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“Another bridge needs to be built,” Harash said. “There’s no way around it.”

The state is conducting a $5 million federally required study to assess the potential environmental effects of building a third span. It would augment the original two-lane span, built in 1952, that carries eastbound traffic and the three-lane westbound span that opened in 1973. Both are about four miles long.

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State officials haven’t said how much a new crossing would cost or how the state would pay for it. However, a top state official told the Baltimore Sun in 2018 that it could cost up to $10 billion. The poll did not ask whether Marylanders would be willing to pay higher tolls or taxes to fund a bridge expansion but instead whether they would support the project when “considering state government budget priorities.”

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Douglas Boline, 61, a federal worker who lives in Annapolis, said there’s “not enough bridge” to meet the cross-bay traffic demand.

“I don’t care where it goes,” said Boline, who sees the backups on the western shore. “I just want more bridge.”

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Some residents say an additional span shouldn’t come before other state needs.

Vinay Sharma, 28, a lawyer who lives in Columbia, said he recently got stuck in a two-hour bridge backup while heading home from a weekend wedding in Cambridge. He said he appreciates that some motorists rely on it more regularly to commute, but he believes the state should first address more-pressing issues, such as improving public education and reducing crime in Baltimore.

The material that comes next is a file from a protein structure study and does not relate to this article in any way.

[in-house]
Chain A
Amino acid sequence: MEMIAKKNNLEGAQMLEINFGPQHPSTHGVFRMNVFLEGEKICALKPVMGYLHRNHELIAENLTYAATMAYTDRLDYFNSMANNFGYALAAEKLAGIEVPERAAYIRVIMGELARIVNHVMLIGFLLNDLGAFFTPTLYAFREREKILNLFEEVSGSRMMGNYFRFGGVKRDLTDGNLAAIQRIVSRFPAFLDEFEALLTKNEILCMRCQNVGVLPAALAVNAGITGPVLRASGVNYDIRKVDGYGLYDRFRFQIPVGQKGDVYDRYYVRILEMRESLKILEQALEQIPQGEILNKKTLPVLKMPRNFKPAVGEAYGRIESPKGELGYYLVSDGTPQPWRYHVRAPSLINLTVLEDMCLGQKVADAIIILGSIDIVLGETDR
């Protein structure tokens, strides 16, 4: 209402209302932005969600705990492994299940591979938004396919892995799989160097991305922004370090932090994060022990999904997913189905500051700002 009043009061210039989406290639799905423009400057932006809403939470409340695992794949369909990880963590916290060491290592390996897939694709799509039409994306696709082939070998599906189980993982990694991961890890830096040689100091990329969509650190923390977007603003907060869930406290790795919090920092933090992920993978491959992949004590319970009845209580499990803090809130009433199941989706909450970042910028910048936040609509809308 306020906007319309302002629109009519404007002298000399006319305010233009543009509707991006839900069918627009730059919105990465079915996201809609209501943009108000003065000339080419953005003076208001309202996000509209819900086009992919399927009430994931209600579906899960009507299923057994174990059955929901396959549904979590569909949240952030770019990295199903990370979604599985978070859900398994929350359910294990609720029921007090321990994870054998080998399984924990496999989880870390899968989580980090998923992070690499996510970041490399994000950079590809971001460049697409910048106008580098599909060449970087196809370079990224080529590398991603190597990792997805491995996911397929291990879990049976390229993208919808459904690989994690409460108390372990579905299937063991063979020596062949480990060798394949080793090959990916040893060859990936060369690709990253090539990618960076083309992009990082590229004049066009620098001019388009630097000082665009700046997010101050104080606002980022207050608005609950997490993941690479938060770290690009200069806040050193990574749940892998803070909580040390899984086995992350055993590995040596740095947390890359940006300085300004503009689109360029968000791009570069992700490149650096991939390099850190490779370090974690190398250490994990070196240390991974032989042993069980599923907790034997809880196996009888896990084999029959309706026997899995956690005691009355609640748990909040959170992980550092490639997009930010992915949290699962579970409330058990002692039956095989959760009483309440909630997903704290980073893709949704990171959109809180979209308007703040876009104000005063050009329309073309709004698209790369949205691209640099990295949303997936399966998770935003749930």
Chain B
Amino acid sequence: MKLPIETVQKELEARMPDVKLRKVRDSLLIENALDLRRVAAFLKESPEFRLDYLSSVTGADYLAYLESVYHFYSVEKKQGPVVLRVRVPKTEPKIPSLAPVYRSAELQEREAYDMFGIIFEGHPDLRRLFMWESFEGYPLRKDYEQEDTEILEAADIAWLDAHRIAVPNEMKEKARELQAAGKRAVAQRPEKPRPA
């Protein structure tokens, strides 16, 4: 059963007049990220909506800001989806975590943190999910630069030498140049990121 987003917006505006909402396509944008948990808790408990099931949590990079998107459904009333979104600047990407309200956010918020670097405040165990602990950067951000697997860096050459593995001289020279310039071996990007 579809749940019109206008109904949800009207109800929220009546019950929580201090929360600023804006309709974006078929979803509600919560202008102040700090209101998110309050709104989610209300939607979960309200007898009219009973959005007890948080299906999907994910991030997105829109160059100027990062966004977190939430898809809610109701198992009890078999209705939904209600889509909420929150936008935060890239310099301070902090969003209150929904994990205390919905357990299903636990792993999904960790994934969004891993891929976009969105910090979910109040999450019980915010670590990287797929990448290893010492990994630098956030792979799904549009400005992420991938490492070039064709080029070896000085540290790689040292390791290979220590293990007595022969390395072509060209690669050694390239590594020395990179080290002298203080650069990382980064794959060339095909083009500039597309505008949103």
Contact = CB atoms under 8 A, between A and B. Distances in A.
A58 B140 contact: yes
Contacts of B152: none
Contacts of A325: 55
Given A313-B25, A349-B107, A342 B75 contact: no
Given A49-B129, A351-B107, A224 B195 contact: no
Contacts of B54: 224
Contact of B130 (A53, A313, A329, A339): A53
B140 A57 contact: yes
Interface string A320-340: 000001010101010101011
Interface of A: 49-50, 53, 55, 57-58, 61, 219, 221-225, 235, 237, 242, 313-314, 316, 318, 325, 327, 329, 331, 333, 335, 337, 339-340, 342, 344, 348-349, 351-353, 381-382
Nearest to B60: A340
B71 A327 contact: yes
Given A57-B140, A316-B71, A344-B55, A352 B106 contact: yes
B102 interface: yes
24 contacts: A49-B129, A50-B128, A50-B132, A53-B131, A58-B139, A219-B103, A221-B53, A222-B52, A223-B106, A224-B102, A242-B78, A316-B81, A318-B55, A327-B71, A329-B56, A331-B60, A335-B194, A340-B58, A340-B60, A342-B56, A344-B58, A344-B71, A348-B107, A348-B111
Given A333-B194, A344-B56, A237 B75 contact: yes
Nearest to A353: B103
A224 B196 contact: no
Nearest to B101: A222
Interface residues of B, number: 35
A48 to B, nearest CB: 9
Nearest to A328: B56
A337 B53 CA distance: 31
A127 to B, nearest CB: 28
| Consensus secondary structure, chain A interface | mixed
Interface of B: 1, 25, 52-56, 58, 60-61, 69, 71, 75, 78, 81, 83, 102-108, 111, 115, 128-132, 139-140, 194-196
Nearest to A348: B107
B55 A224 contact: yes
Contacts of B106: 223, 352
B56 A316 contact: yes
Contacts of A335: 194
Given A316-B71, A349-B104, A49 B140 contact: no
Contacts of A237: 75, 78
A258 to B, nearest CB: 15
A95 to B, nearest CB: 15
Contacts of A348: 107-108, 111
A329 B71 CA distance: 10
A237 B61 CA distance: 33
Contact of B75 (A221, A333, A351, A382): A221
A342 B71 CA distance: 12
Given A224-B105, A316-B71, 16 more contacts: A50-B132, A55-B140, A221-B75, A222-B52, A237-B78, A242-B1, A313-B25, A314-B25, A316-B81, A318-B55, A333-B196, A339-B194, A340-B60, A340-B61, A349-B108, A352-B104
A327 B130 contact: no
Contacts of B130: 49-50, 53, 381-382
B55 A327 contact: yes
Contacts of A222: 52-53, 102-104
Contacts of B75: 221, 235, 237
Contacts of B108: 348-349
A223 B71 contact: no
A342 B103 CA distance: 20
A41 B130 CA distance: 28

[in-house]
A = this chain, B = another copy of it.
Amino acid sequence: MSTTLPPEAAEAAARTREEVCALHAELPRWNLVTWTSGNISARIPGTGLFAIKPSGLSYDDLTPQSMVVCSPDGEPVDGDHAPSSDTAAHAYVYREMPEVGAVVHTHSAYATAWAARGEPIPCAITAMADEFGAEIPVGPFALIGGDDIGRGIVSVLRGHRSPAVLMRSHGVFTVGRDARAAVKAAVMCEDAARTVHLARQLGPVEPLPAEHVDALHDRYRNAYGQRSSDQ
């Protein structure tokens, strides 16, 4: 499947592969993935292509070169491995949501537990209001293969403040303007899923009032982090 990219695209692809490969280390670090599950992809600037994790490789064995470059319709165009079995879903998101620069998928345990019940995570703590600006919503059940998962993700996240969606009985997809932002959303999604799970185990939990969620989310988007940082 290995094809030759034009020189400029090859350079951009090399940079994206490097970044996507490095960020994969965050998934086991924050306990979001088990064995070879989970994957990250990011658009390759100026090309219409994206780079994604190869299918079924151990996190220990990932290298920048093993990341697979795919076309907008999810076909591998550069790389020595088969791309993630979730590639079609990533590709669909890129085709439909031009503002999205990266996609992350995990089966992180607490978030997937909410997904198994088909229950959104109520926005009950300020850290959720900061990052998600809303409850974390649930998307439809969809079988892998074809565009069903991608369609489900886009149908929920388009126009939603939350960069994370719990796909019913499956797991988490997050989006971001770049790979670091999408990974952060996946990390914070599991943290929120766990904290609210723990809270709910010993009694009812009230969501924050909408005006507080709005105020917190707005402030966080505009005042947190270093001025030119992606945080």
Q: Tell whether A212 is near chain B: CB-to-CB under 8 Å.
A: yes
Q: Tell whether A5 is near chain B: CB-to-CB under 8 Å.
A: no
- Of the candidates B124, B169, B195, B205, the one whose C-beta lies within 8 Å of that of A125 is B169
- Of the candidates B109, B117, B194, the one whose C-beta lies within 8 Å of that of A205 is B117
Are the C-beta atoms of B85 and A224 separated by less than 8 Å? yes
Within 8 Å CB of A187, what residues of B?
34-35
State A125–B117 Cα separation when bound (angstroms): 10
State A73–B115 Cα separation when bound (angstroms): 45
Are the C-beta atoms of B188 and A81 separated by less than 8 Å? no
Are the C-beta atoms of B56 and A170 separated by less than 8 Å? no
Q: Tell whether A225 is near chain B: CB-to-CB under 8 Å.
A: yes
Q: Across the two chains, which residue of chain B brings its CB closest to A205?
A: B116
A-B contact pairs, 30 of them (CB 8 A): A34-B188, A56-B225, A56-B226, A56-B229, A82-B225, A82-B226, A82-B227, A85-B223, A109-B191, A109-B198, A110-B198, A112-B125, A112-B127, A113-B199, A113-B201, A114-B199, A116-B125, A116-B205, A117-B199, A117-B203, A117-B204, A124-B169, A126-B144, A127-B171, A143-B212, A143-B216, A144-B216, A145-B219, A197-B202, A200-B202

“To me, traffic on the Bay Bridge is part of life,” said Sharma, who grew up in Montgomery County. “You plan for it, you deal with it, and then you enjoy Ocean City or wherever you’re going.”

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It’s unclear why support for Hogan’s plan to add toll lanes to I-270 and the Beltway dropped compared to the May poll.

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The proposal has come under criticism from environmental groups and leaders in Montgomery and Prince George’s, who say widening the Beltway east of I-270 would destroy homes and environmentally sensitive parkland while doing too little to encourage mass transit use.

Support for the toll lane plan varies according to income levels. Nearly 6 in 10 residents with a household income of $100,000 or more favor the lanes. But support falls to half for those making $50,000 to $100,000 and to about 4 in 10 for those earning less than $50,000.

Boline, of Annapolis, said he supports adding toll lanes to I-270 as long as they reach Frederick and eventually beyond to Hagerstown. Having lived in Damascus, he said, he knows that upper I-270 is “a mess.” He said he’s fine with the state charging tolls because motorists would have the option of not using the toll lanes.

“If that’s what you need to build the lanes, then fine,” Boline said. “They need it.”

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Others said they were concerned that many motorists would be priced out, especially if the Maryland tolls reached $30 to $40 and more, as they have at peak times on express lanes in Northern Virginia.

Lisa Tompkins-Brown, who lives in Silver Spring, said she’s “very much against” toll lanes in Maryland. They might be handy for her commute to Tysons, she said, but any toll above $5 would be too expensive.

“I worry about people who have lower or more moderate incomes,” said Tompkins-Brown, 50, a health strategist. “They’d still be stuck in traffic while those who are more affluent can pay the tolls. It just increases the divide between the haves and the have-nots.”

Idette Brumbaugh, 53, a registered nurse who lives in Damascus, said she’s concerned about the economic fairness of express toll lanes but believes motorists need an alternative to sitting in traffic.

“I like convenience,” Brumbaugh said, “and I’m willing to pay for convenience.”

The poll was conducted by phone Oct. 9-14 among a random sample of 860 Maryland residents. The overall results have a margin of sampling error of plus or minus 4.5 percentage points.

Scott Clement contributed to this report.